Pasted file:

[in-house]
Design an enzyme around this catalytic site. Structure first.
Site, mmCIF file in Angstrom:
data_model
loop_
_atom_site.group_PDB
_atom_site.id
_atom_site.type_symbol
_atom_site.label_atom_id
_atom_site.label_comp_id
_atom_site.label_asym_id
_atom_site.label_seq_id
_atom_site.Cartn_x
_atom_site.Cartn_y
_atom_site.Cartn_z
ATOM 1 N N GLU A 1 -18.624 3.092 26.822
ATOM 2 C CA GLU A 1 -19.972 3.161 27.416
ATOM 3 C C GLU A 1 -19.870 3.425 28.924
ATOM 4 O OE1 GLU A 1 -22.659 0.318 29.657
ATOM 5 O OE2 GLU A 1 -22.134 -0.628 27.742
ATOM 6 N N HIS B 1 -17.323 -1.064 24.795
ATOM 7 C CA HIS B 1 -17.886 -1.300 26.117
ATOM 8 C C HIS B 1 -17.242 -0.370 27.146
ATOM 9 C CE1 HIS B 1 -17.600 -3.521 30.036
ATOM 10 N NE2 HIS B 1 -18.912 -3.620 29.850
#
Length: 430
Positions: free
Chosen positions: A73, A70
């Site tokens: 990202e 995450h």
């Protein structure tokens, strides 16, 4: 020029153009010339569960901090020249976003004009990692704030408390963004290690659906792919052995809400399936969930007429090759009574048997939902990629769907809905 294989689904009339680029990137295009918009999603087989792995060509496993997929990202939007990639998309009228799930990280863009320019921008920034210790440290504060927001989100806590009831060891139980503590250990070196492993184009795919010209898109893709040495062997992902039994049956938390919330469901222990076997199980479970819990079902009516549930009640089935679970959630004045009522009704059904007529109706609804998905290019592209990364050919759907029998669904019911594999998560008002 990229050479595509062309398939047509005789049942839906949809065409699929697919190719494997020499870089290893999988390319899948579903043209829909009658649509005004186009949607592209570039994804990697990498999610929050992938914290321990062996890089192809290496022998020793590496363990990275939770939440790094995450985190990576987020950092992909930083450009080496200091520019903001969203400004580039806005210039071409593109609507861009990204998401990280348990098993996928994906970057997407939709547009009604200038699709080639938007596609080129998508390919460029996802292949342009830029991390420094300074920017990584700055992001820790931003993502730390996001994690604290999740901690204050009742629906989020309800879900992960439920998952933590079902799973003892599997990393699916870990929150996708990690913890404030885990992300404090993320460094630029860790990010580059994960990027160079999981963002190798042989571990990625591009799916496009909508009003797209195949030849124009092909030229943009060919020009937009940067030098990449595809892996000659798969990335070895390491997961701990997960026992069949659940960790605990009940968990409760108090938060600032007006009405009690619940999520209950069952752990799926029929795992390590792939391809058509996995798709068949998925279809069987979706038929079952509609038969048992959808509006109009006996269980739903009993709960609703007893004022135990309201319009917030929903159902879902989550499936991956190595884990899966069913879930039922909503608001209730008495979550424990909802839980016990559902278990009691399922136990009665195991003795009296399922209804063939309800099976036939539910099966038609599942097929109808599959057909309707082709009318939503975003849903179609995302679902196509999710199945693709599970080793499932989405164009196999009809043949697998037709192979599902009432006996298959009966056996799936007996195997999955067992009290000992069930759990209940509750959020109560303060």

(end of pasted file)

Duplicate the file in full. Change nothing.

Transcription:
[in-house]
Design an enzyme around this catalytic site. Structure first.
Site, mmCIF file in Angstrom:
data_model
loop_
_atom_site.group_PDB
_atom_site.id
_atom_site.type_symbol
_atom_site.label_atom_id
_atom_site.label_comp_id
_atom_site.label_asym_id
_atom_site.label_seq_id
_atom_site.Cartn_x
_atom_site.Cartn_y
_atom_site.Cartn_z
ATOM 1 N N GLU A 1 -18.624 3.092 26.822
ATOM 2 C CA GLU A 1 -19.972 3.161 27.416
ATOM 3 C C GLU A 1 -19.870 3.425 28.924
ATOM 4 O OE1 GLU A 1 -22.659 0.318 29.657
ATOM 5 O OE2 GLU A 1 -22.134 -0.628 27.742
ATOM 6 N N HIS B 1 -17.323 -1.064 24.795
ATOM 7 C CA HIS B 1 -17.886 -1.300 26.117
ATOM 8 C C HIS B 1 -17.242 -0.370 27.146
ATOM 9 C CE1 HIS B 1 -17.600 -3.521 30.036
ATOM 10 N NE2 HIS B 1 -18.912 -3.620 29.850
#
Length: 430
Positions: free
Chosen positions: A73, A70
């Site tokens: 990202e 995450h």
């Protein structure tokens, strides 16, 4: 020029153009010339569960901090020249976003004009990692704030408390963004290690659906792919052995809400399936969930007429090759009574048997939902990629769907809905 294989689904009339680029990137295009918009999603087989792995060509496993997929990202939007990639998309009228799930990280863009320019921008920034210790440290504060927001989100806590009831060891139980503590250990070196492993184009795919010209898109893709040495062997992902039994049956938390919330469901222990076997199980479970819990079902009516549930009640089935679970959630004045009522009704059904007529109706609804998905290019592209990364050919759907029998669904019911594999998560008002 990229050479595509062309398939047509005789049942839906949809065409699929697919190719494997020499870089290893999988390319899948579903043209829909009658649509005004186009949607592209570039994804990697990498999610929050992938914290321990062996890089192809290496022998020793590496363990990275939770939440790094995450985190990576987020950092992909930083450009080496200091520019903001969203400004580039806005210039071409593109609507861009990204998401990280348990098993996928994906970057997407939709547009009604200038699709080639938007596609080129998508390919460029996802292949342009830029991390420094300074920017990584700055992001820790931003993502730390996001994690604290999740901690204050009742629906989020309800879900992960439920998952933590079902799973003892599997990393699916870990929150996708990690913890404030885990992300404090993320460094630029860790990010580059994960990027160079999981963002190798042989571990990625591009799916496009909508009003797209195949030849124009092909030229943009060919020009937009940067030098990449595809892996000659798969990335070895390491997961701990997960026992069949659940960790605990009940968990409760108090938060600032007006009405009690619940999520209950069952752990799926029929795992390590792939391809058509996995798709068949998925279809069987979706038929079952509609038969048992959808509006109009006996269980739903009993709960609703007893004022135990309201319009917030929903159902879902989550499936991956190595884990899966069913879930039922909503608001209730008495979550424990909802839980016990559902278990009691399922136990009665195991003795009296399922209804063939309800099976036939539910099966038609599942097929109808599959057909309707082709009318939503975003849903179609995302679902196509999710199945693709599970080793499932989405164009196999009809043949697998037709192979599902009432006996298959009966056996799936007996195997999955067992009290000992069930759990209940509750959020109560303060």